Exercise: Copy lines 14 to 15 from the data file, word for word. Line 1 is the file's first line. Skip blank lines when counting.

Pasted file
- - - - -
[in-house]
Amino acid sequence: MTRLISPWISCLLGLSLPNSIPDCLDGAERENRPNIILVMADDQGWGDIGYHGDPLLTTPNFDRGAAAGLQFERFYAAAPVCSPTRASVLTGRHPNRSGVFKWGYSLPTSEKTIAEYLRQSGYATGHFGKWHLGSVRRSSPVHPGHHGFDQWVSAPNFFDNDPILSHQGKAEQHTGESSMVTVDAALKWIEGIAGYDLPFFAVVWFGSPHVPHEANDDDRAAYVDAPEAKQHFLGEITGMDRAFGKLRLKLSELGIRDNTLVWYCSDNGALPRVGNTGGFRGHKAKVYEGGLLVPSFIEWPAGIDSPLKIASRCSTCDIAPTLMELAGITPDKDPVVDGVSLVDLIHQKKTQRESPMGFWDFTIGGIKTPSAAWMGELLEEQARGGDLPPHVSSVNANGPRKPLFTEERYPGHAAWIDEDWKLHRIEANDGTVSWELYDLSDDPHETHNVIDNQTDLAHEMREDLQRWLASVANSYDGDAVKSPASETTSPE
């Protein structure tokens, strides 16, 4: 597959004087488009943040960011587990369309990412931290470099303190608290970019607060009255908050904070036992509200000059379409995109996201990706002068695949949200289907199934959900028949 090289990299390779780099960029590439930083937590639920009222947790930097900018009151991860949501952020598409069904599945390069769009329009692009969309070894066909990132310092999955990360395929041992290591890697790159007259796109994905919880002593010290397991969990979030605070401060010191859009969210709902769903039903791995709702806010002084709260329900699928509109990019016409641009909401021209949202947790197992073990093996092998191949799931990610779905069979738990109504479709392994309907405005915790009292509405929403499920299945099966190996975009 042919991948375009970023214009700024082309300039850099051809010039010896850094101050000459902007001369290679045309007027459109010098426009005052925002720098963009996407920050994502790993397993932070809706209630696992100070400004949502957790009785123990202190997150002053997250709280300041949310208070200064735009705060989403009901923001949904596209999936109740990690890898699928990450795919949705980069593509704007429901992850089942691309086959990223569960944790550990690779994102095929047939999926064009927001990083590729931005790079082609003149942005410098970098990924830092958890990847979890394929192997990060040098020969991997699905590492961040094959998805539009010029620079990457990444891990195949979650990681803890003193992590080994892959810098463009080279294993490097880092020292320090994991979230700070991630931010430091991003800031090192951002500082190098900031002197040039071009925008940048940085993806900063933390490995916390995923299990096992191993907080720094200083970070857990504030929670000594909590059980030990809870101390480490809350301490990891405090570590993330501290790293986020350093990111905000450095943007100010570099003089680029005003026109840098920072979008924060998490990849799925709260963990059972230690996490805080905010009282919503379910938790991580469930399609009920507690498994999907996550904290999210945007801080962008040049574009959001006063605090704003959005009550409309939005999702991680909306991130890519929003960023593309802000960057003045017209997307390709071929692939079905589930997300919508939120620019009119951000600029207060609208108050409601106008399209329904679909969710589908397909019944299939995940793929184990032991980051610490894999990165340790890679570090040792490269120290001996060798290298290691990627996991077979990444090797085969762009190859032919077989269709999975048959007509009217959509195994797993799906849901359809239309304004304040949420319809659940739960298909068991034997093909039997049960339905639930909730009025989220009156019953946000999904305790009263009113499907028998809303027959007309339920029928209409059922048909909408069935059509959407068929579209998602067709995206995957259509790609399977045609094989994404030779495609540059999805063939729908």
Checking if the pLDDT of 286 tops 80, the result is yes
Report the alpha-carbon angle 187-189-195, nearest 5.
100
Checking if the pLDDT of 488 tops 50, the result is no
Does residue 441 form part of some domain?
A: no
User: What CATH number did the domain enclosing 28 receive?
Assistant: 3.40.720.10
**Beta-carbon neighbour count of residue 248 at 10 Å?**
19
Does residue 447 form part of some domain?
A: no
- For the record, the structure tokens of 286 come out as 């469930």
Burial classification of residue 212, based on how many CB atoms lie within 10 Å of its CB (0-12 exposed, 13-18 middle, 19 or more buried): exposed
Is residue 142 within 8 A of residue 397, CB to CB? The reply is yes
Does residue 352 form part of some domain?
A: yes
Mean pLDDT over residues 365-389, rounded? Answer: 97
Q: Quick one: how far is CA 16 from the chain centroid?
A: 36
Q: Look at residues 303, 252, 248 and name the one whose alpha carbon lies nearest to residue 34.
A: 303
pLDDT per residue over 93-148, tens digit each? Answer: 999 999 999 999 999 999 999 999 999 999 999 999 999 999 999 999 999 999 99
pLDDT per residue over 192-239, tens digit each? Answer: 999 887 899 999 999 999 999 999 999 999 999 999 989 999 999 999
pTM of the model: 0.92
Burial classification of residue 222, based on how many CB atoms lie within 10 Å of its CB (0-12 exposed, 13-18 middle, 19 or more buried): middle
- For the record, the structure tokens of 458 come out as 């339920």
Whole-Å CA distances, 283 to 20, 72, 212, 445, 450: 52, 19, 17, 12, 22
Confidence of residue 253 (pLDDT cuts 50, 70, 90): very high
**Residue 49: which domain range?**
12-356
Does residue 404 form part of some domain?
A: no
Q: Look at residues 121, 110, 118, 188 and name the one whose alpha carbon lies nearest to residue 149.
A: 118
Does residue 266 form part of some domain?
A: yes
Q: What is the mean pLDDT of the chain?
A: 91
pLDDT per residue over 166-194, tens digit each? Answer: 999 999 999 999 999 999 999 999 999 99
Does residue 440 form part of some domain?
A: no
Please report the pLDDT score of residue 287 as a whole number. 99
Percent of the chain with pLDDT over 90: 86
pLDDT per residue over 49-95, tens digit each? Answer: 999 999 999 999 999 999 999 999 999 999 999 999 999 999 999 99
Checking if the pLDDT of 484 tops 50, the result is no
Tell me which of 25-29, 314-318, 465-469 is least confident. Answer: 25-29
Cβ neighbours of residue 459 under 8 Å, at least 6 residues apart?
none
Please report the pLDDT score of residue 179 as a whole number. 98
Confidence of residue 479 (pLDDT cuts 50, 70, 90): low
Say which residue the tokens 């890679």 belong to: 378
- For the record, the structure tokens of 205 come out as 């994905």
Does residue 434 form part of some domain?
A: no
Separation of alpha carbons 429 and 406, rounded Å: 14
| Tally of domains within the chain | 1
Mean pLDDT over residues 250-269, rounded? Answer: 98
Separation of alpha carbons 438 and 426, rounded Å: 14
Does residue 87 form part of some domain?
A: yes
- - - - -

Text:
Does residue 447 form part of some domain?
A: no